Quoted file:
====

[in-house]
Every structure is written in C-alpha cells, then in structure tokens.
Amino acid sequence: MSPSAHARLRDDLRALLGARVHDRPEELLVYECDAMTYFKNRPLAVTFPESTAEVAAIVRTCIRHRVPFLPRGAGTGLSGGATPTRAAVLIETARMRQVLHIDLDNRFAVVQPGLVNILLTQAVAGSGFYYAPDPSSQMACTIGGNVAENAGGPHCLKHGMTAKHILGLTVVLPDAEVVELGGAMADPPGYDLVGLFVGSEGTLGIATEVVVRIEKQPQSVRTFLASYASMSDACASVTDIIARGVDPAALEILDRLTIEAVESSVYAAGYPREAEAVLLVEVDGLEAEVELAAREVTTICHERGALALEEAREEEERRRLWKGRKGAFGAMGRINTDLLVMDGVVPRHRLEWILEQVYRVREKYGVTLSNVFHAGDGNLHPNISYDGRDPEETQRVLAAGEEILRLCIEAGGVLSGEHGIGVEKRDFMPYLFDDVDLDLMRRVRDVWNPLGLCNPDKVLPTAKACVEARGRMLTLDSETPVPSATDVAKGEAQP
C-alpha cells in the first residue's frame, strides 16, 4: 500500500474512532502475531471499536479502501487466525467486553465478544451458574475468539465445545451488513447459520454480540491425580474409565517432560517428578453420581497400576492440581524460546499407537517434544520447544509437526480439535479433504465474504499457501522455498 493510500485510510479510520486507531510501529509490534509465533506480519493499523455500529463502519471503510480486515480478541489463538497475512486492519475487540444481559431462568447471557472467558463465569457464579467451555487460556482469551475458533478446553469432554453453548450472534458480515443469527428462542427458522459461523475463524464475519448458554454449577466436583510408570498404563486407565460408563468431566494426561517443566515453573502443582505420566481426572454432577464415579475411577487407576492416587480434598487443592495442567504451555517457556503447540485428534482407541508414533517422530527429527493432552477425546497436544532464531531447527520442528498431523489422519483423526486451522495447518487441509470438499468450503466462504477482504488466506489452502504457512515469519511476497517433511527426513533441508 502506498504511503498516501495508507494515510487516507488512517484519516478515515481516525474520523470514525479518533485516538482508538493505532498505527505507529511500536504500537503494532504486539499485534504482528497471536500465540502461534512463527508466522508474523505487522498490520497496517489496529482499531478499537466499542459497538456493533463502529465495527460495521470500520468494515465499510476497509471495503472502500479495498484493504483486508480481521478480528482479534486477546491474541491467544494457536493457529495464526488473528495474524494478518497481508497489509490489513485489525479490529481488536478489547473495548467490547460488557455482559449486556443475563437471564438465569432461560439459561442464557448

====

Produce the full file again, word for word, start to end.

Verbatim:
[in-house]
Every structure is written in C-alpha cells, then in structure tokens.
Amino acid sequence: MSPSAHARLRDDLRALLGARVHDRPEELLVYECDAMTYFKNRPLAVTFPESTAEVAAIVRTCIRHRVPFLPRGAGTGLSGGATPTRAAVLIETARMRQVLHIDLDNRFAVVQPGLVNILLTQAVAGSGFYYAPDPSSQMACTIGGNVAENAGGPHCLKHGMTAKHILGLTVVLPDAEVVELGGAMADPPGYDLVGLFVGSEGTLGIATEVVVRIEKQPQSVRTFLASYASMSDACASVTDIIARGVDPAALEILDRLTIEAVESSVYAAGYPREAEAVLLVEVDGLEAEVELAAREVTTICHERGALALEEAREEEERRRLWKGRKGAFGAMGRINTDLLVMDGVVPRHRLEWILEQVYRVREKYGVTLSNVFHAGDGNLHPNISYDGRDPEETQRVLAAGEEILRLCIEAGGVLSGEHGIGVEKRDFMPYLFDDVDLDLMRRVRDVWNPLGLCNPDKVLPTAKACVEARGRMLTLDSETPVPSATDVAKGEAQP
C-alpha cells in the first residue's frame, strides 16, 4: 500500500474512532502475531471499536479502501487466525467486553465478544451458574475468539465445545451488513447459520454480540491425580474409565517432560517428578453420581497400576492440581524460546499407537517434544520447544509437526480439535479433504465474504499457501522455498 493510500485510510479510520486507531510501529509490534509465533506480519493499523455500529463502519471503510480486515480478541489463538497475512486492519475487540444481559431462568447471557472467558463465569457464579467451555487460556482469551475458533478446553469432554453453548450472534458480515443469527428462542427458522459461523475463524464475519448458554454449577466436583510408570498404563486407565460408563468431566494426561517443566515453573502443582505420566481426572454432577464415579475411577487407576492416587480434598487443592495442567504451555517457556503447540485428534482407541508414533517422530527429527493432552477425546497436544532464531531447527520442528498431523489422519483423526486451522495447518487441509470438499468450503466462504477482504488466506489452502504457512515469519511476497517433511527426513533441508 502506498504511503498516501495508507494515510487516507488512517484519516478515515481516525474520523470514525479518533485516538482508538493505532498505527505507529511500536504500537503494532504486539499485534504482528497471536500465540502461534512463527508466522508474523505487522498490520497496517489496529482499531478499537466499542459497538456493533463502529465495527460495521470500520468494515465499510476497509471495503472502500479495498484493504483486508480481521478480528482479534486477546491474541491467544494457536493457529495464526488473528495474524494478518497481508497489509490489513485489525479490529481488536478489547473495548467490547460488557455482559449486556443475563437471564438465569432461560439459561442464557448